White and White, “Slave Hair and African American Culture,” 49. ... also known by the name lacebark tree and was indigenous to Jamaica, Cuba and Hispaniola.
Author: Charmaine A. Nelson
This book offers the first concentrated examination of the representation of the black female subject in Western art through the lenses of race/color and sex/gender. Charmaine A. Nelson poses critical questions about the contexts of production, the problems of representation, the pathways of circulation and the consequences of consumption. She analyzes not only how, where, why and by whom black female subjects have been represented, but also what the social and cultural impacts of the colonial legacy of racialized western representation have been. Nelson also explores and problematizes the issue of the historically privileged white artistic access to black female bodies and the limits of representation for these subjects. This book not only reshapes our understanding of the black female representation in Western Art, but also furthers our knowledge about race and how and why it is (re)defined and (re)mobilized at specific times and places throughout history.
... Africa Eurasia Jamaica America and the Caribbean Ancient cultigen, esp. ... Queen Anne's Lace 99 Domesticated carrot 61 Larkspur 6, 124 Larkspur 125 ...
Author: Wolfgang Stuppy
Publisher: University of Chicago Press
Compared to the obvious complexity of animals, plants at a glance seem relatively simple in form. But that simplicity is deceptive: the plants around us are the result of millennia of incredible evolutionary adaptations that have allowed them to survive, and thrive, under wildly changing conditions and in remarkably specific ecological niches. Much of this innovation, however, is invisible to the naked eye. With Wonders of the Plant Kingdom, the naked eye gets an unforgettable boost. A stunning collaboration between science and art, this gorgeous book presents hundreds of images of plants taken with a scanning electron microscope and hand-colored by artist Rob Kesseler to reveal the awe-inspiring adaptations all around us. The surface of a peach—with its hairs, or trichomes, and sunken stomata, or breathing pores—emerges from these pages in microscopic detail. The dust-like seeds of the smallest cactus species in the world, the Blossfeldia liliputana—which measures just twelve millimeters fully grown—explode here with form, color, and character, while the flower bud of a kaffir lime, cross-sectioned, reveals the complex of a flower bud with the all-important pistil in the center. Accompanying these extraordinary images are up-to-date explanations of the myriad ways that these plants have ensured their own survival—and, by proxy, our own. Gardeners and science buffs alike will marvel at this wholly new perspective on the world of plant diversity.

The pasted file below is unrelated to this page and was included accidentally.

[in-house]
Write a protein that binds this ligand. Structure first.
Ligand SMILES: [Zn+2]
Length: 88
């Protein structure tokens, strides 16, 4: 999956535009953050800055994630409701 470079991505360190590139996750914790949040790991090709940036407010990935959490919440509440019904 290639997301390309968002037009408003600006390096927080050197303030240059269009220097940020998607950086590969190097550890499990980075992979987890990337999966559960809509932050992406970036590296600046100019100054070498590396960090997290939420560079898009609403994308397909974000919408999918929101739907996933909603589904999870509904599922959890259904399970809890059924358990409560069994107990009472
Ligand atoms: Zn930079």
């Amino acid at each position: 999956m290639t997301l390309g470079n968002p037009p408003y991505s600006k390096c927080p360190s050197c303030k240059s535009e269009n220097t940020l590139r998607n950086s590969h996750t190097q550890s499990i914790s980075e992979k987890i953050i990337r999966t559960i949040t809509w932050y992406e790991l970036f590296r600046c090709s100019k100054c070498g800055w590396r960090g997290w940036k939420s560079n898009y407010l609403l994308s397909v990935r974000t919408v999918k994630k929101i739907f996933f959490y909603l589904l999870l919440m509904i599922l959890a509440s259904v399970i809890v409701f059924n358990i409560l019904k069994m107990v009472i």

No previously published work has so comprehensively compiled essential information as this, covering almost 10,000 vascular plants of commercial importance throughout the world. For each plant the accepted scientific name, synonyms, common names, economic uses, and geographical distribution are provided. World Economic Plants: A Standard Reference provides the broad coverage needed in a global economy. It includes information garnered during more than two decades of research on economic plants. The information given conforms to all international standards for botanical data and results from an extensive review of literature and the input of numerous agricultural and botanical scientists. This book is invaluable to everyone dealing with economic vascular plants, be they from research or commerce including international agriculture, horticulture, or government.